Australia is struggling with its Covid-19 exit strategy 3

Australia is struggling with its Covid-19 exit strategy 3

Australian officials still do not have a clear strategy to help the country escape Covid-19, making people frustrated and disappointed.

Australia was once praised for its initial response to the Covid-19 pandemic, helping to contain the spread of the epidemic and more or less get the economy back on track.

New cases of infection still appear in the community and each time, the government has to impose strict blockade and control measures.

`We can’t leave the country, people can’t come to Australia and every now and then we get locked down, which causes huge damage,` said James Powditch, an artist with a shop and gallery in Sydney.

A street in central Sydney on the first day of blockade on June 26.

There have been signs that Australians are fed up and want to escape their lives disrupted by the epidemic.

Australia is struggling with its Covid-19 exit strategy

A 48-hour blockade was also imposed in Australia’s Northern Territory, including the capital Darwin, after four Covid-19 cases were discovered related to a gold mine worker.

He is believed to have contracted the virus while staying overnight at a hotel specialized for quarantined people in Brisbane.

Australia has just recorded 910 deaths from Covid-19 out of 25 million people, one of the countries with the lowest per capita death rate in the world and the number of infections also remains low.

Although the economy has somewhat returned to operation and recovery, Australia’s tourism industry is still heavily affected by the epidemic and universities are struggling due to the loss of revenue from international students.

Australia has so far only vaccinated over 4% of the population, compared to more than 46% in the US and 47% in the UK.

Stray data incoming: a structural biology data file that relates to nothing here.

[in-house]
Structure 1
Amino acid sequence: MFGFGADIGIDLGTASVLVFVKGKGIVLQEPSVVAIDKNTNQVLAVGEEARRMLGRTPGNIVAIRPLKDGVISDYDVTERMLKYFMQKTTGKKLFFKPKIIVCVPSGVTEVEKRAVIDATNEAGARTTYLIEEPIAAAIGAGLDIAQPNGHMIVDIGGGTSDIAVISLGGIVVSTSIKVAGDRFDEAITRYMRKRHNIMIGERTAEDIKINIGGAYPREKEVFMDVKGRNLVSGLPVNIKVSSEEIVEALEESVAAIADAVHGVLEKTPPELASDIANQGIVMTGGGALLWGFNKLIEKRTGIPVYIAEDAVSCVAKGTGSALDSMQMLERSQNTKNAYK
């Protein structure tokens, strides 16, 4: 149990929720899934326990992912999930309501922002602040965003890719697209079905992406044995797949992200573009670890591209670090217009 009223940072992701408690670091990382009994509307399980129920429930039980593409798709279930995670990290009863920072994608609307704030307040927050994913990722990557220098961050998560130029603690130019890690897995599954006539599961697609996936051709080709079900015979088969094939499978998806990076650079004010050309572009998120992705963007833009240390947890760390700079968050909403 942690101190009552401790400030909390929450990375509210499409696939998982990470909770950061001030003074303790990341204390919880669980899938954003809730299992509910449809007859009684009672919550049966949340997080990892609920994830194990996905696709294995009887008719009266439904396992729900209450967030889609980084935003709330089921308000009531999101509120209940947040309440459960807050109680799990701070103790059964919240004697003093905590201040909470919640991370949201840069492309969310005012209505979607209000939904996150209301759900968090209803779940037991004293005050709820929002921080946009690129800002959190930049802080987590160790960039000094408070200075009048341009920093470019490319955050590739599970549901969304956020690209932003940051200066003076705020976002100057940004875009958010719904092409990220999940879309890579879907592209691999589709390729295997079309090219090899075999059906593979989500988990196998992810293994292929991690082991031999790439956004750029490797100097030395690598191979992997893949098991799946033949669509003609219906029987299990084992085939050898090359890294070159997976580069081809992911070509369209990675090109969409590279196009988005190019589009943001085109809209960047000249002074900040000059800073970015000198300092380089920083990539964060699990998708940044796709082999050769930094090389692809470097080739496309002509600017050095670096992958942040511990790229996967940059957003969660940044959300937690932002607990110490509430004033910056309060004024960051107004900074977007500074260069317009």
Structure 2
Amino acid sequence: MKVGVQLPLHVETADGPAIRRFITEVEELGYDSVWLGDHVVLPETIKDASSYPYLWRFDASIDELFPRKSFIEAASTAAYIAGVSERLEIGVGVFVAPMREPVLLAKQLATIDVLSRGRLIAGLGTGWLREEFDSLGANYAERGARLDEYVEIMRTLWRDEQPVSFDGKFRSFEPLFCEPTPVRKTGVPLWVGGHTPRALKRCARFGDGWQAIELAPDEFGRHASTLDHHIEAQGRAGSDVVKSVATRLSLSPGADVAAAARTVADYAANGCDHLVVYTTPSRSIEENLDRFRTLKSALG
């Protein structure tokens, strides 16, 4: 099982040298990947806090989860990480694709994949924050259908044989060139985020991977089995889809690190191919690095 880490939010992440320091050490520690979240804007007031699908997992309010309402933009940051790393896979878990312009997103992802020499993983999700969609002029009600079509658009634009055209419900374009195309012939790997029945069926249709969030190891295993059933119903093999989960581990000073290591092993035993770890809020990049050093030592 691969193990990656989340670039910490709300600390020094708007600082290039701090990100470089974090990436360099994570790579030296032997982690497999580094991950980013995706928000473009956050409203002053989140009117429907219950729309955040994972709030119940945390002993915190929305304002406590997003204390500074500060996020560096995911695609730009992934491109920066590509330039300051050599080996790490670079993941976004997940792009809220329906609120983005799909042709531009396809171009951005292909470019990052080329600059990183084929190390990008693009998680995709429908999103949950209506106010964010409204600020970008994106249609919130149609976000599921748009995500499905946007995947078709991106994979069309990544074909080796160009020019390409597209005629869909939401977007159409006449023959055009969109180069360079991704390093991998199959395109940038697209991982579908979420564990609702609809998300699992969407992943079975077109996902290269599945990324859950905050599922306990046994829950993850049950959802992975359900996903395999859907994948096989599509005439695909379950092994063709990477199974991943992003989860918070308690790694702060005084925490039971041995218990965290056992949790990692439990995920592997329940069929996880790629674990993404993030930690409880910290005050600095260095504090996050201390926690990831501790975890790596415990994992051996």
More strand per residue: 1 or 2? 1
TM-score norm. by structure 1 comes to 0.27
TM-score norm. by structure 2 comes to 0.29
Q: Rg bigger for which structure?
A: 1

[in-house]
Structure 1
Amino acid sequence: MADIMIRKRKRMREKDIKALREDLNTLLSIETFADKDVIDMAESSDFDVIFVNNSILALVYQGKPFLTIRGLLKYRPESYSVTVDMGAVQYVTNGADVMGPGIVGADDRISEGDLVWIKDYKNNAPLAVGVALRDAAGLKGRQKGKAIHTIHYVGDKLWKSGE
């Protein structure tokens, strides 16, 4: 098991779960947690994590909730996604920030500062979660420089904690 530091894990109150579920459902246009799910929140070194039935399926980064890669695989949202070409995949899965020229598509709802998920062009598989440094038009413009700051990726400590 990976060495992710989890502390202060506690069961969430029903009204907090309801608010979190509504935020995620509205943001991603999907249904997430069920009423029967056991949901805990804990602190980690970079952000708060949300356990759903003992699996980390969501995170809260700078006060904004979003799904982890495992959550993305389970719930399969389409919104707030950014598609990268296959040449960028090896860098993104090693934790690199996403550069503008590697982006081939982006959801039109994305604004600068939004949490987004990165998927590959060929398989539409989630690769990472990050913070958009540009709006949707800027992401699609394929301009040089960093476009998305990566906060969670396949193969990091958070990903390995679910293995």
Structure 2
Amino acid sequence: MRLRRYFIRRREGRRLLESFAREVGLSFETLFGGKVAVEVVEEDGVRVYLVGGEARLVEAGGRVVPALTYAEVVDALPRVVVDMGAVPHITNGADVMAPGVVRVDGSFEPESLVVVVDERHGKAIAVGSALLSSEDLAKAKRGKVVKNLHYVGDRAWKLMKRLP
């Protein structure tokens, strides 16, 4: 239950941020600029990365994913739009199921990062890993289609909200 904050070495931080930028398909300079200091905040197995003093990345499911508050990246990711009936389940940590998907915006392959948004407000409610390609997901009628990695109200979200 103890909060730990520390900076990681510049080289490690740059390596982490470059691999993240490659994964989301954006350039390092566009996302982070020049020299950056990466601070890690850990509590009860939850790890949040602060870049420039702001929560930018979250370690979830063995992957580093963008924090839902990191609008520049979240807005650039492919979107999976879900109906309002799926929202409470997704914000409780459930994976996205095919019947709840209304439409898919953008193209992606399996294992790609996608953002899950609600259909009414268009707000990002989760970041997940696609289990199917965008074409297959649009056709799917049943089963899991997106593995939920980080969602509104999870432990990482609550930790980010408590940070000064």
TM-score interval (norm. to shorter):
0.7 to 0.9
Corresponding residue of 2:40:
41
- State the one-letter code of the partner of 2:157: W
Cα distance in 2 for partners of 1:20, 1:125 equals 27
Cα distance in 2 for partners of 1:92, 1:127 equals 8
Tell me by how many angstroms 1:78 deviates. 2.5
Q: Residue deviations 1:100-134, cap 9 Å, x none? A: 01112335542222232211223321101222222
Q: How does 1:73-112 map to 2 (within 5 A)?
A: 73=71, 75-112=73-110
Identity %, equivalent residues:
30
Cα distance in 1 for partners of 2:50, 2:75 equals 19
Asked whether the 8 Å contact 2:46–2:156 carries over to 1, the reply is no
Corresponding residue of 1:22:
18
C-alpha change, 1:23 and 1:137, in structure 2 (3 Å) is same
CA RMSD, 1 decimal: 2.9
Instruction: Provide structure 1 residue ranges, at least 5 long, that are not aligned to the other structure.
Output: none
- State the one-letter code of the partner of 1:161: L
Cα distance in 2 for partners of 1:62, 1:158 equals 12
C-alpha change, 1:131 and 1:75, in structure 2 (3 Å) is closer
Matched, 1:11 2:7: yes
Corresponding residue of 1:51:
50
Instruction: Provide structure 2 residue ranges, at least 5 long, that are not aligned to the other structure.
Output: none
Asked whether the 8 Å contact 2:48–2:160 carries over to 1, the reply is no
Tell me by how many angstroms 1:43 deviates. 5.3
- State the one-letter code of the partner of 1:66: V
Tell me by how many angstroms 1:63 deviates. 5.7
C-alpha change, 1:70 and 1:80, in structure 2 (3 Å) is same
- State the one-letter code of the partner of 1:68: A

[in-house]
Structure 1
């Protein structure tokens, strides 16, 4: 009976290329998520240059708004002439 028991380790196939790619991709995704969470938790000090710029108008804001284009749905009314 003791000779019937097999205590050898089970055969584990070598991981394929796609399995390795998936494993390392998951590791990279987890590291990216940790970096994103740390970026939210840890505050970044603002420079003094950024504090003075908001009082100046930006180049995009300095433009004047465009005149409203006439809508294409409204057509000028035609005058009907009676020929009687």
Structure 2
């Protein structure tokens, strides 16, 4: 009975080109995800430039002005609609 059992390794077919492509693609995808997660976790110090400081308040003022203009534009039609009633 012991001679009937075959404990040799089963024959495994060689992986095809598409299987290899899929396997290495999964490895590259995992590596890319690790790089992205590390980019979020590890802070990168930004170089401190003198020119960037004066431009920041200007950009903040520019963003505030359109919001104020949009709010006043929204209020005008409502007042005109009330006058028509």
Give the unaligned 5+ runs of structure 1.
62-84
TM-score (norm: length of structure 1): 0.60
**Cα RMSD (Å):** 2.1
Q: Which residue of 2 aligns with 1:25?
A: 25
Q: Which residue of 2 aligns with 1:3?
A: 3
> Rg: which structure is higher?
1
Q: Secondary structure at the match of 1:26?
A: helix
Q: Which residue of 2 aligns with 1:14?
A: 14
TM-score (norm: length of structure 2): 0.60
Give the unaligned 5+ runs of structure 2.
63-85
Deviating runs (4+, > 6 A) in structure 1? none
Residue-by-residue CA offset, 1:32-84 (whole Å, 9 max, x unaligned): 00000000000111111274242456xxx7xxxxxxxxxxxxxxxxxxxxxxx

The problem is further exacerbated by Australians’ hesitancy and skepticism about vaccines.

Australian officials said they hope to achieve community immunity before reopening the border.

Journalists appearing on the Today program on Channel 9 on June 24 even said that Prime Minister Morrison and his slow vaccine deployment strategy were the cause of the country’s continuous blockade.

In response, Prime Minister Morrison said supplies would be replenished in July and an additional 600,000 doses of the Pfizer vaccine would arrive this week.

He blamed the AstraZeneca vaccine for delaying the vaccination program and this was really a `shock` beyond the government’s control.

`We will continue to work towards our goal of providing enough vaccine for everyone who wants to be vaccinated by the end of the year and will accelerate the pace as we move through the second half of the year,` he emphasized.

The government has also been criticized for leaving about 36,000 Australians stranded overseas.

Entering the country faces countless challenges, but leaving the country is even more difficult.

As a result, people not only lose their holidays but also lose time with family and friends.

According to the most recent census results in 2016, about half of people living in Australia were born overseas or have at least one parent born overseas.

A woman living in Bribane from Canada who works in the medical industry had hoped that the accelerated vaccine program would help ease border restrictions and help him return to his home country.

`I’m originally from Canada and I don’t know when I’ll be able to see my family again. Honestly, I think it will be at least two years,` she shared.

Australians gathered on Sydney beach on June 27, despite the blockade order.

`It is still only for people over 50 years old despite the virus spreading strongly among people with an average age of 20 to 30,` she added.

For Australian citizens who have close relationships with relatives abroad, the situation of isolation also brings them many serious consequences.

Katerina Vavrinec, 34 years old, from the Czech Republic, currently living in Sydney, said she had to seek mental health counseling because she was separated from her family and friends.

`Closing borders will have a huge impact on people’s mental health,` especially those with relatives and families abroad, Vavrinec said.

Vavrinec is on maternity leave and will return to work in about a week, though she doesn’t know how things will play out while the lockdown is still in effect.

`In fact, I’m quite happy that we’re in lockdown. I’m very disappointed by the government’s decision to close the borders indefinitely. So, I hope that the lockdown will make people realize that

Vu Hoang (According to CNN)

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